Thirty-three patients responded to the SDM-PICS, Danish Barriers Questionnaire II, Hospital Anxiety and Depression Scale, and Brief Pain Inventory Pain Severity Scale. A factor analysis of the SDM-PICS resulted in two factors: Factor one, patient information, consisted of four items assessing the extent to which the patient shared information with his/her health care provider, and Factor two, health care provider information, consisted of four items measuring the degree to which a health care provider was perceived as the one who shares information. Two separate items addressed the perceived level of information exchange between the patient and the health care provider. The SDM-PICS total had an internal consistency of 0.88. The SDM-PICS scores were positively related to pain relief and inversely related to the measures of cognitive pain management barriers, anxiety, and reported pain levels.
The SDM-PICS seems to be a reliable and valid measure of perceived patient-health care provider communication in the context of cancer pain.
PubMed ID
19388898 View in PubMed
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[Denmark's first research facility in palliative medicine. Organization and research strategy].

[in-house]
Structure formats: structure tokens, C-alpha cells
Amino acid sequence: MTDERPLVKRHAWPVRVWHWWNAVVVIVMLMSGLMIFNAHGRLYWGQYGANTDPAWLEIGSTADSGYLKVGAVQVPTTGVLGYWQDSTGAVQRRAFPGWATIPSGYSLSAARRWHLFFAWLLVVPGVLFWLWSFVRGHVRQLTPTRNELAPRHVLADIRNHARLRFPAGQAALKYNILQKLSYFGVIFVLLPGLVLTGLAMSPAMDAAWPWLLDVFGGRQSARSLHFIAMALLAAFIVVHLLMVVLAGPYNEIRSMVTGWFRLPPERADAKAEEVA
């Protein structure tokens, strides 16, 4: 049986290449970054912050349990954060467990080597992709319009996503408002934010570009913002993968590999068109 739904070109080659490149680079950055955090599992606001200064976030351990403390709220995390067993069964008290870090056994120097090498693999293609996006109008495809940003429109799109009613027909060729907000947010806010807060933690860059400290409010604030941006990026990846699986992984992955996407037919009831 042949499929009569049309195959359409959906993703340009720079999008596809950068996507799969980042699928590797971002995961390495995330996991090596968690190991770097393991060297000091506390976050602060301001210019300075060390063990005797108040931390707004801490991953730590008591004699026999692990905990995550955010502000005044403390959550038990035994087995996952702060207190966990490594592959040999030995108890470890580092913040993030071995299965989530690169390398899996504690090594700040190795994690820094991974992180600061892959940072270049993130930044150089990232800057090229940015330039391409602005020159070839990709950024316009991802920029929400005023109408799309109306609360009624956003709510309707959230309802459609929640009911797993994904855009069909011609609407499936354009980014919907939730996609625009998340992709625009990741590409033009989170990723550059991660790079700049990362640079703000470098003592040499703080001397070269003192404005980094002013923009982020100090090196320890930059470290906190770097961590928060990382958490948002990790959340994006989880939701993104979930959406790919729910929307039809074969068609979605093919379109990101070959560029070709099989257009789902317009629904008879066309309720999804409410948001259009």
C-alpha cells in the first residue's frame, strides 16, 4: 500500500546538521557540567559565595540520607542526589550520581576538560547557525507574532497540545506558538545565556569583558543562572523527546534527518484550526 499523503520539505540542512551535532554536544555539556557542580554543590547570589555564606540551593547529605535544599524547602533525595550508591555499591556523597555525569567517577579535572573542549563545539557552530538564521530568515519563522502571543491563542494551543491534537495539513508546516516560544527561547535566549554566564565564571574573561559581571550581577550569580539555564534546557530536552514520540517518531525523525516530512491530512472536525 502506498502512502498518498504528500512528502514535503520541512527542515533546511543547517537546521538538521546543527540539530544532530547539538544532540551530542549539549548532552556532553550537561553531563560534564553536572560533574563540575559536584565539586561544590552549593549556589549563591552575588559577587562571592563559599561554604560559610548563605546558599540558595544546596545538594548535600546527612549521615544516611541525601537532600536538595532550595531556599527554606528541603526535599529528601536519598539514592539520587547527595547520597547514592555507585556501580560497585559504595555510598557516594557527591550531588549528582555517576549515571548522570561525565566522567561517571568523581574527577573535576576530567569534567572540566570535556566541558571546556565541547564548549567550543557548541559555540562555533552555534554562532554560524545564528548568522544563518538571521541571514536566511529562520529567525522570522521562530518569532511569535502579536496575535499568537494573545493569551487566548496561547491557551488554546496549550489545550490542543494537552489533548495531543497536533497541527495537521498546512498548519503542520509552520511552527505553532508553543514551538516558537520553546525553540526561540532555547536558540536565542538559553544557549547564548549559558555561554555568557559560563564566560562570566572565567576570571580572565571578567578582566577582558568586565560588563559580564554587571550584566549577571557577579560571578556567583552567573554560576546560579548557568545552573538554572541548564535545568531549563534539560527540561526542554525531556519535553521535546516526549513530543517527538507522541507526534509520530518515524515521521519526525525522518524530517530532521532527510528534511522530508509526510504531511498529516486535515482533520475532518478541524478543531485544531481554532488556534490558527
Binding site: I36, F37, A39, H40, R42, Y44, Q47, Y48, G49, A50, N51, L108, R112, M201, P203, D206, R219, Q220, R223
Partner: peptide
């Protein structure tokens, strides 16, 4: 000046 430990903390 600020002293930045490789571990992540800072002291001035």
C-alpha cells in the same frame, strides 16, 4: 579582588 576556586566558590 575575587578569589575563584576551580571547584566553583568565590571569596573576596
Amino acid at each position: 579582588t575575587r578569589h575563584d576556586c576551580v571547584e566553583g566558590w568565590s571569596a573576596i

https://arctichealth.org/en/permalink/ahliterature205461
Source
Nord Med. 1998 May;113(5):147-50
Publication Type
Article
Date
May-1998
Author
L. Pedersen
P. Sjøgren
Author Affiliation
Palliativ medicinsk afdeling, Bispebjerg hospital, København.
Source
Nord Med. 1998 May;113(5):147-50
Date
May-1998
Language
Danish
Publication Type
Article
Keywords
Denmark
Humans
Palliative Care
Research
Abstract
Denmark's first palliative medicine research unit is now being set up at Bispebjerg Hospital, with single-room and two double-room ward. The multidisciplinary team consists of doctors, a psychologist, nurses, a physiotherapist, an ergotherapist, a medical social worker, a priest and a dietician. An out-patient facility is also being established to enable patients to choose between hospitalisation out-patient treatment or home treatment by appropriate staff. Another aspect of palliative medicine is care of the patient's family members. The intervention offered at our facility is led by a psychologist, and consists primarily of counselling. With its limited clinical opacity, the department of palliative medicine is first and foremost a research and development facility. The first chair in palliative medicine in Denmark was conferred upon the department in 1998.